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Reading Black Feminism

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October 22, 2014

emancipation-155792_640Historically, the feminist movement has been centralized around white women. From the perspective of a privileged white person, I have been fed a very mainstream version of feminism. I have a lot of anxiety about talking about and publishing words about people of color as a white person, but I feel like it is important for other white feminists to self-educate on this topic because it is so important to try to understand that the intersections of oppression can alter peoples experiences of it.

I tried to compile a reading list that includes an overview of black feminist texts from courses I’ve taken at Oberlin, as well as including recommendations from friends who identify as black feminists:

  • Ain’t I A Woman? Black Women & Feminism – bell hooks
  • Arrested Justice: Black Women, Violence, and America’s Prison Nation – Beth E. Richie
  • Assata: An Autobiography – Assata Shakur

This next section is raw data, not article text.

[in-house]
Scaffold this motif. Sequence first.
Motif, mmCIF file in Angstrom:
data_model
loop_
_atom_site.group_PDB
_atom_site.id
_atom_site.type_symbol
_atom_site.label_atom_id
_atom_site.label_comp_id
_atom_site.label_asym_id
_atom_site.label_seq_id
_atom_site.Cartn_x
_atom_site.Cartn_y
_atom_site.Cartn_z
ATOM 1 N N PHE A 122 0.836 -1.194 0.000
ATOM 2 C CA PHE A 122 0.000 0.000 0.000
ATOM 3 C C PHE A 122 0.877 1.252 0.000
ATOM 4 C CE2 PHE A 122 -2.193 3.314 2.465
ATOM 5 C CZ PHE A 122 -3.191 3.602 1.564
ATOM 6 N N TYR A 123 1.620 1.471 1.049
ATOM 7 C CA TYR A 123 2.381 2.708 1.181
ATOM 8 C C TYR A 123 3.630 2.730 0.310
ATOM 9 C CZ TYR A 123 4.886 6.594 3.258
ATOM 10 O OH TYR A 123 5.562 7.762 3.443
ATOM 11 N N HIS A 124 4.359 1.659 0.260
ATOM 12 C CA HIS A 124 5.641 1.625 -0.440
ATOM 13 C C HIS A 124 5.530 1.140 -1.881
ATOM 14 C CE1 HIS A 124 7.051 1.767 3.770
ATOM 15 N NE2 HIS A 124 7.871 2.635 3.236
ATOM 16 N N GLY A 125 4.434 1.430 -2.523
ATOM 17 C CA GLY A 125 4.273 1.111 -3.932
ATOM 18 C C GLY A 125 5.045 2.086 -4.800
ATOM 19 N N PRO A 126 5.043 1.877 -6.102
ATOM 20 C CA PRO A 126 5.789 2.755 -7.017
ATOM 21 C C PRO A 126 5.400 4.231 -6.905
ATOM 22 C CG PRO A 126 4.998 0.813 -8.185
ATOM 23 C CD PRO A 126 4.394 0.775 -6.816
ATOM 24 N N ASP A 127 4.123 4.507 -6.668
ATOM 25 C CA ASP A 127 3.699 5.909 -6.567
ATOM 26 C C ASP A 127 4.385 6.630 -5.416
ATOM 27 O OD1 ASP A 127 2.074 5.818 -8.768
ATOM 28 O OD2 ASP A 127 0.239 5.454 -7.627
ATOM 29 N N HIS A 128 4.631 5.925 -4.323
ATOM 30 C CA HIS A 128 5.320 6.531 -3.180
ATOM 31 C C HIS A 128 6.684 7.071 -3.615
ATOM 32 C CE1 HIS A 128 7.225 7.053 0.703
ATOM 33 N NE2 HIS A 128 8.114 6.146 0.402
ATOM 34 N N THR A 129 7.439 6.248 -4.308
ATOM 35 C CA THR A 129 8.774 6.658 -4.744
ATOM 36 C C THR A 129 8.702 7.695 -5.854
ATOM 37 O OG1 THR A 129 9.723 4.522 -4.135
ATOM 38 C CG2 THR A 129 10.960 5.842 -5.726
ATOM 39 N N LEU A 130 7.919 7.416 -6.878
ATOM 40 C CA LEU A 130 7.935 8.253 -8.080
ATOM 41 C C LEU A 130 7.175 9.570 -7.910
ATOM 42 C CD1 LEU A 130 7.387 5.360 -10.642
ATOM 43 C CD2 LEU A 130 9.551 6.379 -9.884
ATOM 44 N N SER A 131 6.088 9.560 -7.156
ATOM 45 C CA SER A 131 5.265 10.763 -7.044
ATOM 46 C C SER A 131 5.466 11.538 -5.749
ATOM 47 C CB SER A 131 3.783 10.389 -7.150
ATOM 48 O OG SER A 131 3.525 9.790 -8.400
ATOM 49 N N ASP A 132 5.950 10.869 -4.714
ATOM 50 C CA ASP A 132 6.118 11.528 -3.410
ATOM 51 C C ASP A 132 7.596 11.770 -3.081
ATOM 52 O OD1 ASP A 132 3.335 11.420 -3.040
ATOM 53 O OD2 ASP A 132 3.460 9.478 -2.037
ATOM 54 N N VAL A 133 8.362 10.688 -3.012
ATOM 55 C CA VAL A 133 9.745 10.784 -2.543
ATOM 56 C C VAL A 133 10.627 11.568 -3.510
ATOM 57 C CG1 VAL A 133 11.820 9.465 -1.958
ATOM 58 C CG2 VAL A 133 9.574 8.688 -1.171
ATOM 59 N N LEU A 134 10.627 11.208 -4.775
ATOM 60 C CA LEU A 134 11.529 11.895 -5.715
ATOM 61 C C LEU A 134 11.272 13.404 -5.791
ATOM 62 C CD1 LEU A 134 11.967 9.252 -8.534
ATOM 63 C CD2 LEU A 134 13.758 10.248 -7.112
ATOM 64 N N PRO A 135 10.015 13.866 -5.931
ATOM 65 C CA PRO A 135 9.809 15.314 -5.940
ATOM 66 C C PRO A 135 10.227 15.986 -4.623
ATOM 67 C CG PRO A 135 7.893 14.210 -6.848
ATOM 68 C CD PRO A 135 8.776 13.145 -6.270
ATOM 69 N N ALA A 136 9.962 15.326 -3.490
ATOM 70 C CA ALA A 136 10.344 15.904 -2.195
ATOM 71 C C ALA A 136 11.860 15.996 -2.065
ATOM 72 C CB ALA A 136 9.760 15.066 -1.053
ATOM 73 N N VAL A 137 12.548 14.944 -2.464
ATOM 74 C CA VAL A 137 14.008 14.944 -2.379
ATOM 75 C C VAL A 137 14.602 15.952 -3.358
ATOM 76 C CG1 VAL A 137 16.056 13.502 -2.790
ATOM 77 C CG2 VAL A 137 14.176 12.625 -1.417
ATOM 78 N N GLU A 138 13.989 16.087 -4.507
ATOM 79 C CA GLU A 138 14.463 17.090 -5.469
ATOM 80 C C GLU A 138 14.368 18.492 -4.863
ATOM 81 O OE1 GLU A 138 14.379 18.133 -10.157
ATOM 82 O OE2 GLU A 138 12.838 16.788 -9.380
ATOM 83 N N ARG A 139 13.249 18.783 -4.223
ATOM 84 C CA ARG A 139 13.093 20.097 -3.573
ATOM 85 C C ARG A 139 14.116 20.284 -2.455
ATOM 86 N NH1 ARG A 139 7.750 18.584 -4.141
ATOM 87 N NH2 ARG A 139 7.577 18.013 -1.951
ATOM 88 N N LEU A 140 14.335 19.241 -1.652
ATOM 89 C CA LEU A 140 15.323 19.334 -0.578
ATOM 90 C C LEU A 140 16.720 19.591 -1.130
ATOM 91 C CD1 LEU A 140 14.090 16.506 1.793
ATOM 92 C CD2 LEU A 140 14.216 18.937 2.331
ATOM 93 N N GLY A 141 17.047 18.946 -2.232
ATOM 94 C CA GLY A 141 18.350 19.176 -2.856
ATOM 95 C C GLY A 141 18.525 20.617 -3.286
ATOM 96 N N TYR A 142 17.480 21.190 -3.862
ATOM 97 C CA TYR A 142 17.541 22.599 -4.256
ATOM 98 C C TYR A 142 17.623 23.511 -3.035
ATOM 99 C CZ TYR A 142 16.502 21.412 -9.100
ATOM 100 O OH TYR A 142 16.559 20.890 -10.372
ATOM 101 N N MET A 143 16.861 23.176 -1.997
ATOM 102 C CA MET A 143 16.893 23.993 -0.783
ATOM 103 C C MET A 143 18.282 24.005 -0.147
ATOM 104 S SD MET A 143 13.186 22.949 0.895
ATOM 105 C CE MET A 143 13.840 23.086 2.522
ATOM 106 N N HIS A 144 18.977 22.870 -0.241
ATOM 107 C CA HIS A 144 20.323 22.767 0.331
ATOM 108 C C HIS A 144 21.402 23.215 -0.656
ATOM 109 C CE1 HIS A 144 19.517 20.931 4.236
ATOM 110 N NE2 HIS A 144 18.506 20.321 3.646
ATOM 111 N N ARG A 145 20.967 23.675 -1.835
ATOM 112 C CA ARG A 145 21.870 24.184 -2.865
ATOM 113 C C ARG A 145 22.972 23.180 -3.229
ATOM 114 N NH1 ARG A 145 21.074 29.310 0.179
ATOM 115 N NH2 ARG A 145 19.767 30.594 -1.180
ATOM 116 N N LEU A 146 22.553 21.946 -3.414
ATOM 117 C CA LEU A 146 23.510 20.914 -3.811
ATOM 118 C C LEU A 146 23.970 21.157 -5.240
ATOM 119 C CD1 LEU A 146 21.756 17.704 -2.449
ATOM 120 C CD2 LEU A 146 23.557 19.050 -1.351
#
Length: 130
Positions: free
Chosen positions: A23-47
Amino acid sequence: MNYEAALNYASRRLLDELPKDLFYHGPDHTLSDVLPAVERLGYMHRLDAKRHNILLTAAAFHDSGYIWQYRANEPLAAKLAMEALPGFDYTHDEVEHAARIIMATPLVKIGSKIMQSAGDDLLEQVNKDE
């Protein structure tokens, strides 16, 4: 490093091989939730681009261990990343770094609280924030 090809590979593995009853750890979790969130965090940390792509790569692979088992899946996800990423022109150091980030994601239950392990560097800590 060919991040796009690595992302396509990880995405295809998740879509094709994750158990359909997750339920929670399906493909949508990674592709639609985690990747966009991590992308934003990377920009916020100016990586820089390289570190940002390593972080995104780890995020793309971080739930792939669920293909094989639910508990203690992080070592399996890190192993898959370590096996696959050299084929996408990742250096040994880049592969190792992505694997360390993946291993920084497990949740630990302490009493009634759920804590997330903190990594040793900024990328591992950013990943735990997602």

• Blacks and Selected Poetry – Gwendolyn Brooks
  • Black Feminist Thought: Knowledge, Consciousness, and the Politics of Empowerment – Patricia Hill Collins
  • Black Sexual Politics: African Americans, Gender, and the New Racism – Patricia Hill Collins
  • But Some Of Us Are Brave: All the Women Are White, All the Blacks Are Men: Black Women’s Studies – Gloria T. Hull, Patricia Bell Scott, and Barbara Smith
  • “Combahee River Collective Statement” – The Combahee River Collective
  • “Demarginalizing the Intersection of Race and Sex: A Black Feminist Critique of Antidiscrimination Doctrine, Feminist Theory, and Antiracist Politics” – Kimberlé Williams Crenshaw
  • Feminist Theory: From Margin to Center – bell hooks
  • Killing the Black Body: Race, Reproduction, and the Meaning of Liberty – Dorothy Roberts
  • Kindred – Octavia Butler
  • Sister Outsider – Audre Lorde
  • Soldier – June Jordan
  • Their Eyes Were Watching God – Zora Neale Hurston
  • Women, Race, and Class – Angela Y. Davis

I have only included things that I am familiar with or my friends have recommended. If you have any suggestions for readings to add to this list, please comment below!

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